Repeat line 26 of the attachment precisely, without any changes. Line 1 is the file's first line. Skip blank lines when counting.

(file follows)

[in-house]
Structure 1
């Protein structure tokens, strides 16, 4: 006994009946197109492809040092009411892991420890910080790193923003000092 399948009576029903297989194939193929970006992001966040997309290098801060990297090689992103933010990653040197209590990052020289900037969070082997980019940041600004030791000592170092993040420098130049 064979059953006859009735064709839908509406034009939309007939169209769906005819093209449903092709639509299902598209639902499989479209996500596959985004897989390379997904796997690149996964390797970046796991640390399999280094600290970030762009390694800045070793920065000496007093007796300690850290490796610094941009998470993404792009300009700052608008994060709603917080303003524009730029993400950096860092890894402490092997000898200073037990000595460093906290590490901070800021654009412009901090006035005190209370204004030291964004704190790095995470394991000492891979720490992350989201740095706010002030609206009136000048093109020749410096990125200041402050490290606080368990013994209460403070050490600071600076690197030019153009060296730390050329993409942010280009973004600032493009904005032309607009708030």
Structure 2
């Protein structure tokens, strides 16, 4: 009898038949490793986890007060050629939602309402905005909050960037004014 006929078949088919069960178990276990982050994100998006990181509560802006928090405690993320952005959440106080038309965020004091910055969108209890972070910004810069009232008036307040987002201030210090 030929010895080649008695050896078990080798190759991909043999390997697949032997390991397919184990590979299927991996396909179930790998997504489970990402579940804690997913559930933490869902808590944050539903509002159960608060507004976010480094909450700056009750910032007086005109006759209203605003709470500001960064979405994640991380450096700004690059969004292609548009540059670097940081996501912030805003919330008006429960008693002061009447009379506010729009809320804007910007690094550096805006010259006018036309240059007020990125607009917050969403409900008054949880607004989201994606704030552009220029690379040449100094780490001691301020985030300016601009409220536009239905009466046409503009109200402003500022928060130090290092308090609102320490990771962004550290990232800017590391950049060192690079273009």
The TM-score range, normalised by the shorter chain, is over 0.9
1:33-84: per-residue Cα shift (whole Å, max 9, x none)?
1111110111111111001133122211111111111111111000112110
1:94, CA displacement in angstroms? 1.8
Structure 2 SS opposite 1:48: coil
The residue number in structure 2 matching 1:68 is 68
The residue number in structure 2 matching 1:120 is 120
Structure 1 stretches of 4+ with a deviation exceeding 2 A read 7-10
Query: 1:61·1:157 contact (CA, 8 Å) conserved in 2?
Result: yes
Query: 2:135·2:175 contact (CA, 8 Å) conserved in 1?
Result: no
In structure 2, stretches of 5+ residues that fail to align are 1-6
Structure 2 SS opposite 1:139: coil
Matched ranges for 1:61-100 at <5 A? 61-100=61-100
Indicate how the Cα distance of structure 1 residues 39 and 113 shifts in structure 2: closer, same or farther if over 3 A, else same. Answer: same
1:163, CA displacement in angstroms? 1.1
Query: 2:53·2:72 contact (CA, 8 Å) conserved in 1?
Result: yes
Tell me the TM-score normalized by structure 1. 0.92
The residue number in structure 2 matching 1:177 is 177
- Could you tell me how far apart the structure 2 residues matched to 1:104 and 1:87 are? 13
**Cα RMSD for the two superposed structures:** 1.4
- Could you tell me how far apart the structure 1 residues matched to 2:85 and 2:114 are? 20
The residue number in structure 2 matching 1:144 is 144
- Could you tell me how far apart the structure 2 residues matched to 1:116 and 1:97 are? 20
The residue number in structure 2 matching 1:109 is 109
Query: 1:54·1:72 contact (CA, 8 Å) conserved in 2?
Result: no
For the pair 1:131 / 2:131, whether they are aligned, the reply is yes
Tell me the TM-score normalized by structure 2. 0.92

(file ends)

The residue number in structure 2 matching 1:177 is 177